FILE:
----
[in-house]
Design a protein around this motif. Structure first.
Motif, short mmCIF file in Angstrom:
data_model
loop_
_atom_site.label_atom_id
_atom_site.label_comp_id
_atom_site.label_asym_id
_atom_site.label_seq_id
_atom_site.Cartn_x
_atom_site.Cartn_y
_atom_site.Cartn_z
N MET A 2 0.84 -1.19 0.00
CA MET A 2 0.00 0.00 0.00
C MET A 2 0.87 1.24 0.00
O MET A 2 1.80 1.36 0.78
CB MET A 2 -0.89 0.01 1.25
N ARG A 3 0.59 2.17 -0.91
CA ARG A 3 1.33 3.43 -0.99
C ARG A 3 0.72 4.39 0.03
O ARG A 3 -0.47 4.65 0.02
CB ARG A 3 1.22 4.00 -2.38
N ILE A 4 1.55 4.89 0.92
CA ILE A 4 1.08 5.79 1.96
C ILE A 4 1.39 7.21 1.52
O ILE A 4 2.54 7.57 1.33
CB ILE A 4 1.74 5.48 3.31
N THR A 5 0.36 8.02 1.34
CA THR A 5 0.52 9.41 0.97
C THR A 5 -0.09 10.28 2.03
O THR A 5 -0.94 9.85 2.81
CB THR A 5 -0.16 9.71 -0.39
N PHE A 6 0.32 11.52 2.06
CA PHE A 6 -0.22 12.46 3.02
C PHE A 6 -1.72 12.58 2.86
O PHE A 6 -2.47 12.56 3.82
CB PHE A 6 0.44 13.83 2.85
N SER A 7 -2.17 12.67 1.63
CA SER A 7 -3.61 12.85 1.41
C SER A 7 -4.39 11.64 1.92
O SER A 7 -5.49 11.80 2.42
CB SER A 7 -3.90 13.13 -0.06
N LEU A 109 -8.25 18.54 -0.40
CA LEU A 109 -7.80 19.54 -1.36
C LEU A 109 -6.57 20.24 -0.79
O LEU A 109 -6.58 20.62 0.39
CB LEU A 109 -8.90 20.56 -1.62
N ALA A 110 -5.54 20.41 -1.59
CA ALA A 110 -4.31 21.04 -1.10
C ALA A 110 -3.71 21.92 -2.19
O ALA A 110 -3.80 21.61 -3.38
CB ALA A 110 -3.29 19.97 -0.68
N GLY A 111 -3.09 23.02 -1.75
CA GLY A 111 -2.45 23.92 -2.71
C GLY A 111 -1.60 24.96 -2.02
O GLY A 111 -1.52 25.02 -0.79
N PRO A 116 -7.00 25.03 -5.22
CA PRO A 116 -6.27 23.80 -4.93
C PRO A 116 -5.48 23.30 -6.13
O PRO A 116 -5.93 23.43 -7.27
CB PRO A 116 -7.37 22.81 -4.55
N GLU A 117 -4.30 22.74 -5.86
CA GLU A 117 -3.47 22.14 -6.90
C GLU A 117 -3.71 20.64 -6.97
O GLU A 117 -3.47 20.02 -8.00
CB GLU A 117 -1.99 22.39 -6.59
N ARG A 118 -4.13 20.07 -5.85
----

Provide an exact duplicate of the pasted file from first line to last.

[in-house]
Design a protein around this motif. Structure first.
Motif, short mmCIF file in Angstrom:
data_model
loop_
_atom_site.label_atom_id
_atom_site.label_comp_id
_atom_site.label_asym_id
_atom_site.label_seq_id
_atom_site.Cartn_x
_atom_site.Cartn_y
_atom_site.Cartn_z
N MET A 2 0.84 -1.19 0.00
CA MET A 2 0.00 0.00 0.00
C MET A 2 0.87 1.24 0.00
O MET A 2 1.80 1.36 0.78
CB MET A 2 -0.89 0.01 1.25
N ARG A 3 0.59 2.17 -0.91
CA ARG A 3 1.33 3.43 -0.99
C ARG A 3 0.72 4.39 0.03
O ARG A 3 -0.47 4.65 0.02
CB ARG A 3 1.22 4.00 -2.38
N ILE A 4 1.55 4.89 0.92
CA ILE A 4 1.08 5.79 1.96
C ILE A 4 1.39 7.21 1.52
O ILE A 4 2.54 7.57 1.33
CB ILE A 4 1.74 5.48 3.31
N THR A 5 0.36 8.02 1.34
CA THR A 5 0.52 9.41 0.97
C THR A 5 -0.09 10.28 2.03
O THR A 5 -0.94 9.85 2.81
CB THR A 5 -0.16 9.71 -0.39
N PHE A 6 0.32 11.52 2.06
CA PHE A 6 -0.22 12.46 3.02
C PHE A 6 -1.72 12.58 2.86
O PHE A 6 -2.47 12.56 3.82
CB PHE A 6 0.44 13.83 2.85
N SER A 7 -2.17 12.67 1.63
CA SER A 7 -3.61 12.85 1.41
C SER A 7 -4.39 11.64 1.92
O SER A 7 -5.49 11.80 2.42
CB SER A 7 -3.90 13.13 -0.06
N LEU A 109 -8.25 18.54 -0.40
CA LEU A 109 -7.80 19.54 -1.36
C LEU A 109 -6.57 20.24 -0.79
O LEU A 109 -6.58 20.62 0.39
CB LEU A 109 -8.90 20.56 -1.62
N ALA A 110 -5.54 20.41 -1.59
CA ALA A 110 -4.31 21.04 -1.10
C ALA A 110 -3.71 21.92 -2.19
O ALA A 110 -3.80 21.61 -3.38
CB ALA A 110 -3.29 19.97 -0.68
N GLY A 111 -3.09 23.02 -1.75
CA GLY A 111 -2.45 23.92 -2.71
C GLY A 111 -1.60 24.96 -2.02
O GLY A 111 -1.52 25.02 -0.79
N PRO A 116 -7.00 25.03 -5.22
CA PRO A 116 -6.27 23.80 -4.93
C PRO A 116 -5.48 23.30 -6.13
O PRO A 116 -5.93 23.43 -7.27
CB PRO A 116 -7.37 22.81 -4.55
N GLU A 117 -4.30 22.74 -5.86
CA GLU A 117 -3.47 22.14 -6.90
C GLU A 117 -3.71 20.64 -6.97
O GLU A 117 -3.47 20.02 -8.00
CB GLU A 117 -1.99 22.39 -6.59
N ARG A 118 -4.13 20.07 -5.85